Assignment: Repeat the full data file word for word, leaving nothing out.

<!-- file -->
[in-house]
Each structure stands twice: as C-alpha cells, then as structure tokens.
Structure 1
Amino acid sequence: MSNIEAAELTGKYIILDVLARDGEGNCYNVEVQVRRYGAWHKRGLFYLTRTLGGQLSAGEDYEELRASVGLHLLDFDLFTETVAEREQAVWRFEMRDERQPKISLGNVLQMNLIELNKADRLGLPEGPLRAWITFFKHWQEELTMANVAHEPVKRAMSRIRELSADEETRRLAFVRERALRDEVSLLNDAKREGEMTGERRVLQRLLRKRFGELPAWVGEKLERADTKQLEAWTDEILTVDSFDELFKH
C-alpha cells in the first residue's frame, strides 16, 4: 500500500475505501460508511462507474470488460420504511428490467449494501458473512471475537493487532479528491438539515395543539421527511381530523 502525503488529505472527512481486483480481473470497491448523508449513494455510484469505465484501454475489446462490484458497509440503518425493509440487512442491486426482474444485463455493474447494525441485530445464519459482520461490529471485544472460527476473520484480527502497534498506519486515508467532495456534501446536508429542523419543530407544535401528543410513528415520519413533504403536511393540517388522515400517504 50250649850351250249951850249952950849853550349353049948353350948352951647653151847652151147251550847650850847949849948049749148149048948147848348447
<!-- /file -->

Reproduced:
[in-house]
Each structure stands twice: as C-alpha cells, then as structure tokens.
Structure 1
Amino acid sequence: MSNIEAAELTGKYIILDVLARDGEGNCYNVEVQVRRYGAWHKRGLFYLTRTLGGQLSAGEDYEELRASVGLHLLDFDLFTETVAEREQAVWRFEMRDERQPKISLGNVLQMNLIELNKADRLGLPEGPLRAWITFFKHWQEELTMANVAHEPVKRAMSRIRELSADEETRRLAFVRERALRDEVSLLNDAKREGEMTGERRVLQRLLRKRFGELPAWVGEKLERADTKQLEAWTDEILTVDSFDELFKH
C-alpha cells in the first residue's frame, strides 16, 4: 500500500475505501460508511462507474470488460420504511428490467449494501458473512471475537493487532479528491438539515395543539421527511381530523 502525503488529505472527512481486483480481473470497491448523508449513494455510484469505465484501454475489446462490484458497509440503518425493509440487512442491486426482474444485463455493474447494525441485530445464519459482520461490529471485544472460527476473520484480527502497534498506519486515508467532495456534501446536508429542523419543530407544535401528543410513528415520519413533504403536511393540517388522515400517504 50250649850351250249951850249952950849853550349353049948353350948352951647653151847652151147251550847650850847949849948049749148149048948147848348447